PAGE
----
Many Georgians with addiction and/or mental health challenges also have backgrounds which serve as a barrier to long-term recovery. In February 2015, Georgia’s Governor Nathan Deal signed an executive order implementing a “ban the box” policy that outlaws a requirement for people with criminal histories to disclose that information on a job form.
This didn’t happen by accident. It was the result of years of advocacy by GCSA and recovery allies, and allies for returning citizens. And, like other changes that appear dramatic and sudden, it came after incremental change that went unnoticed by most of the general public.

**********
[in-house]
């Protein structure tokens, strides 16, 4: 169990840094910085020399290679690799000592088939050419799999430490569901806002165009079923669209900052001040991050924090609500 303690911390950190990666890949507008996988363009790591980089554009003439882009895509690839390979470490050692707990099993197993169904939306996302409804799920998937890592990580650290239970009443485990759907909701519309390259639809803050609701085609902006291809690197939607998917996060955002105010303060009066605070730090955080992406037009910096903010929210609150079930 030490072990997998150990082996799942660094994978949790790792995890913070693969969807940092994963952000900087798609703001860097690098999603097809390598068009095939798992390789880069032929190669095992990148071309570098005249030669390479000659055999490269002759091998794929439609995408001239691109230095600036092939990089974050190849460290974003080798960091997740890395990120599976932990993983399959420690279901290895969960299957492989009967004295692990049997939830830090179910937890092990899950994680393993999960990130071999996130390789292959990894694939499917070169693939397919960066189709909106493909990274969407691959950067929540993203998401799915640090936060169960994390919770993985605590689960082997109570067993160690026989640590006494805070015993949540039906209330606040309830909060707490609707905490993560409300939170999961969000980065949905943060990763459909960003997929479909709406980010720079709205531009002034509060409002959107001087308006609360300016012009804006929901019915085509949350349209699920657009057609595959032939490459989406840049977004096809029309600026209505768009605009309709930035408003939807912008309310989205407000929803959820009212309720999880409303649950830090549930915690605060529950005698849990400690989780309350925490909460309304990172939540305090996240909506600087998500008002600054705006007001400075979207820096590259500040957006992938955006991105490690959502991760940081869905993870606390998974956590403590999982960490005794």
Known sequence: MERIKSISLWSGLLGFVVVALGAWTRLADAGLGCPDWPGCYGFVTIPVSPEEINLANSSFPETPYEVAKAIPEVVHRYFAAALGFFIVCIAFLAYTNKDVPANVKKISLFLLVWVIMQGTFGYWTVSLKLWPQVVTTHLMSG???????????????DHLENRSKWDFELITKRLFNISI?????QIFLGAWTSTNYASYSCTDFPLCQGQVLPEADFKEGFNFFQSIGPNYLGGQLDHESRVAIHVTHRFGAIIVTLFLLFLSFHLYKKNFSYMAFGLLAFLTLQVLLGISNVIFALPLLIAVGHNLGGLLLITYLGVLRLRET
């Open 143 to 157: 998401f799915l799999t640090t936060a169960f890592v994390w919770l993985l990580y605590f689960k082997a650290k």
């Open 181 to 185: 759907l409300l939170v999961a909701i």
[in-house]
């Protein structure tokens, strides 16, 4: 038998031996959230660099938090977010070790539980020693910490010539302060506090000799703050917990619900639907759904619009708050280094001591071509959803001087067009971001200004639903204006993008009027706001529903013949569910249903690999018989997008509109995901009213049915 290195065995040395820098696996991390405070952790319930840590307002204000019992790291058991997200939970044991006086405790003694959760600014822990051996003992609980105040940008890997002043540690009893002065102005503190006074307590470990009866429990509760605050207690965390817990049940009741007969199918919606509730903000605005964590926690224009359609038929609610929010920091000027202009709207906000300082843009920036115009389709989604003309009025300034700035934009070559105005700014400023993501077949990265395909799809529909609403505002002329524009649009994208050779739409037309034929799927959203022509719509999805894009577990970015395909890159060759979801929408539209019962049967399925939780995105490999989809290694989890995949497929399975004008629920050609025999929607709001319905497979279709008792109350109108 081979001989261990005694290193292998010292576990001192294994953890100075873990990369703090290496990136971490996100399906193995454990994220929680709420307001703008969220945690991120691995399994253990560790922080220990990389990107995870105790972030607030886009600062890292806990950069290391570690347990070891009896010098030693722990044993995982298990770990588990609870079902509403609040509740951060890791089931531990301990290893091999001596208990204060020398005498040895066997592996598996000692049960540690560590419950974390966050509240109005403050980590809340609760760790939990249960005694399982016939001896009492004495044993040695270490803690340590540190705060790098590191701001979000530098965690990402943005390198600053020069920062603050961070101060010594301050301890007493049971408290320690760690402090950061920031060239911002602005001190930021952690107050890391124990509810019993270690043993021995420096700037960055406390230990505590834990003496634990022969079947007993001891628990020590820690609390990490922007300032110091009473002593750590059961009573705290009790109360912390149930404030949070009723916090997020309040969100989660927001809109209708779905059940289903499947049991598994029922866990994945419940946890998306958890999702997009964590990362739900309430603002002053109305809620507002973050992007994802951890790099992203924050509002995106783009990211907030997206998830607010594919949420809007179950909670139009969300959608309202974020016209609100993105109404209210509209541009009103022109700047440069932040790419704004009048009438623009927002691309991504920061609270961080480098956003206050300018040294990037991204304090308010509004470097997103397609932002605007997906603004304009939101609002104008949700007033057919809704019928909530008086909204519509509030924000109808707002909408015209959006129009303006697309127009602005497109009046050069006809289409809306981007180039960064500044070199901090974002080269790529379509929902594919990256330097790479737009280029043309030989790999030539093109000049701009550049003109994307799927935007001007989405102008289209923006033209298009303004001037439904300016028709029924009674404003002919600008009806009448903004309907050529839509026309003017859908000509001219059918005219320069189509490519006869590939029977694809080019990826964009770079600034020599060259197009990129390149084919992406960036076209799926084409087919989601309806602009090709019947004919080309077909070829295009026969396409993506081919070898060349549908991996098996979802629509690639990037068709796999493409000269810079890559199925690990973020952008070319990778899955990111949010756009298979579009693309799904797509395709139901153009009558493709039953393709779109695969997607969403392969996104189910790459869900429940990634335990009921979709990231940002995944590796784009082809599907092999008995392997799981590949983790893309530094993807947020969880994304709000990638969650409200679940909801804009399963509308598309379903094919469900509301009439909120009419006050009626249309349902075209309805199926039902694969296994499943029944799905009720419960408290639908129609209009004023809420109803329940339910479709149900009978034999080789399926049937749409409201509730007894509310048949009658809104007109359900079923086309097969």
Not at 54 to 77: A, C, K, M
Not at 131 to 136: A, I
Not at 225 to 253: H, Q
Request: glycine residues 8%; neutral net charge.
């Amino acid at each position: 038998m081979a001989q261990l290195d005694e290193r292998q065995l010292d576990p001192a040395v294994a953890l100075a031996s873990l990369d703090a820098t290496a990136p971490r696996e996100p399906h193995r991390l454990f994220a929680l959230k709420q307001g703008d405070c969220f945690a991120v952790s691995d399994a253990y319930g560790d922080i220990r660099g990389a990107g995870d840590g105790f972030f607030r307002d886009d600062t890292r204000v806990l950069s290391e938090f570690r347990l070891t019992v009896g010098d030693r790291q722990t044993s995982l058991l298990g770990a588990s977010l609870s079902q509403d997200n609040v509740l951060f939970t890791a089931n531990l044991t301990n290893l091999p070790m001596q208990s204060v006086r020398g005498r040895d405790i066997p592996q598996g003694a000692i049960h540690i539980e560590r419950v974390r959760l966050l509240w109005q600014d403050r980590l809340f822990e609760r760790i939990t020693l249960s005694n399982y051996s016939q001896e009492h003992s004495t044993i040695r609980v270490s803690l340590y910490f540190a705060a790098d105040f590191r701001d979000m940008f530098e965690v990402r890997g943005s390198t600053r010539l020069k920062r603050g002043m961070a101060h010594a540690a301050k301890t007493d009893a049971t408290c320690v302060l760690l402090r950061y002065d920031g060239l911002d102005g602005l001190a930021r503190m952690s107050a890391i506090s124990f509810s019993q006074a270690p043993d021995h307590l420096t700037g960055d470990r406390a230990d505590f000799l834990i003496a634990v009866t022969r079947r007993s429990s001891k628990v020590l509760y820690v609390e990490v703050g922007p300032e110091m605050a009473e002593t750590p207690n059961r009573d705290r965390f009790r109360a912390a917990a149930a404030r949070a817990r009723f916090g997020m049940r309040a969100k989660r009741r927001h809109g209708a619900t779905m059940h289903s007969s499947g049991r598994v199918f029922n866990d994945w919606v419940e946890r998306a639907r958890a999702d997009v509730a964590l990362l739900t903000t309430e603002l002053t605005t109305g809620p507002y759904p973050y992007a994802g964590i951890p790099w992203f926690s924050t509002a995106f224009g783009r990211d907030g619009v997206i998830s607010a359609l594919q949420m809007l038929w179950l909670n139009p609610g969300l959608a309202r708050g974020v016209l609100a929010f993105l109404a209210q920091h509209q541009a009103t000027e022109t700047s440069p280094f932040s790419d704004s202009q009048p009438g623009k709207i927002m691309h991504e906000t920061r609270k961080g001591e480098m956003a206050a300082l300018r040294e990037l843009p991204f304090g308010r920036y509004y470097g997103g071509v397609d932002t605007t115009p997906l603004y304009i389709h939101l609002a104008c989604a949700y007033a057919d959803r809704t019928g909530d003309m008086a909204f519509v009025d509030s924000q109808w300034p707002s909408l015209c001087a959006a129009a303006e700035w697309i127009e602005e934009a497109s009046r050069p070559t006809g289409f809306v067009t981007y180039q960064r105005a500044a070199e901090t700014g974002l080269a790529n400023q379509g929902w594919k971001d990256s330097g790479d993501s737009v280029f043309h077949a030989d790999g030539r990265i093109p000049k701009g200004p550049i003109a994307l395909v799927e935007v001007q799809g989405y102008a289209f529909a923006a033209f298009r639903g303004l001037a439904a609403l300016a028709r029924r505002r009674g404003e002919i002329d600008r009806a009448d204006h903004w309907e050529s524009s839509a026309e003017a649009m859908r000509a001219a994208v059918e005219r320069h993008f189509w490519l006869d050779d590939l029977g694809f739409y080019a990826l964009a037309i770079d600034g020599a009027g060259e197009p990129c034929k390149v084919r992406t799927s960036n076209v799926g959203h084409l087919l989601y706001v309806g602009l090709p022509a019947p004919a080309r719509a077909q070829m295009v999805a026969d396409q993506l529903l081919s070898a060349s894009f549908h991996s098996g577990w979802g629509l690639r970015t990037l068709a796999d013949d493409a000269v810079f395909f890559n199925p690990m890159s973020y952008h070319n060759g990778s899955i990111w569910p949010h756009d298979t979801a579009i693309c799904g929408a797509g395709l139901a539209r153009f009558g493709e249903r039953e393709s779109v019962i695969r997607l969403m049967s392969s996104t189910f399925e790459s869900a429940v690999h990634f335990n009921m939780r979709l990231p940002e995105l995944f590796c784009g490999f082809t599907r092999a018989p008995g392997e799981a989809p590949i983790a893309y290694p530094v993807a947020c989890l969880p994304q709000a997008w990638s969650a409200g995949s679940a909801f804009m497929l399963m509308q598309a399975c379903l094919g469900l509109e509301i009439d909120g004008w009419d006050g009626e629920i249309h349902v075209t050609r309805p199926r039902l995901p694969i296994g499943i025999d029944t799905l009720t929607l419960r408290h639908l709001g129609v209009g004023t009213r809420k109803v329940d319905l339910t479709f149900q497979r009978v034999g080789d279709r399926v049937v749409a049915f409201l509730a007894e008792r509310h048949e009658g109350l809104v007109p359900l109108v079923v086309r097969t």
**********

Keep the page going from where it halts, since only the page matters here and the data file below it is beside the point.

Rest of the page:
One of those incremental steps was the August 2014 reversal of an April 2012 policy that was adopted by Georgia’s Department of Behavioral Health and Developmental Disabilities that created barriers to employment for people in recovery that also had criminal histories–even very minor infractions. GCSA and the Georgia Mental Health Consumer Network worked vigorously over that two year period to remove that barrier to long-term recovery. The updated policy included language that speaks to the heart of the recovery movement:
DBHDD recognizes that individuals with a history of mental health and/or substance abuse diagnoses can and do recover.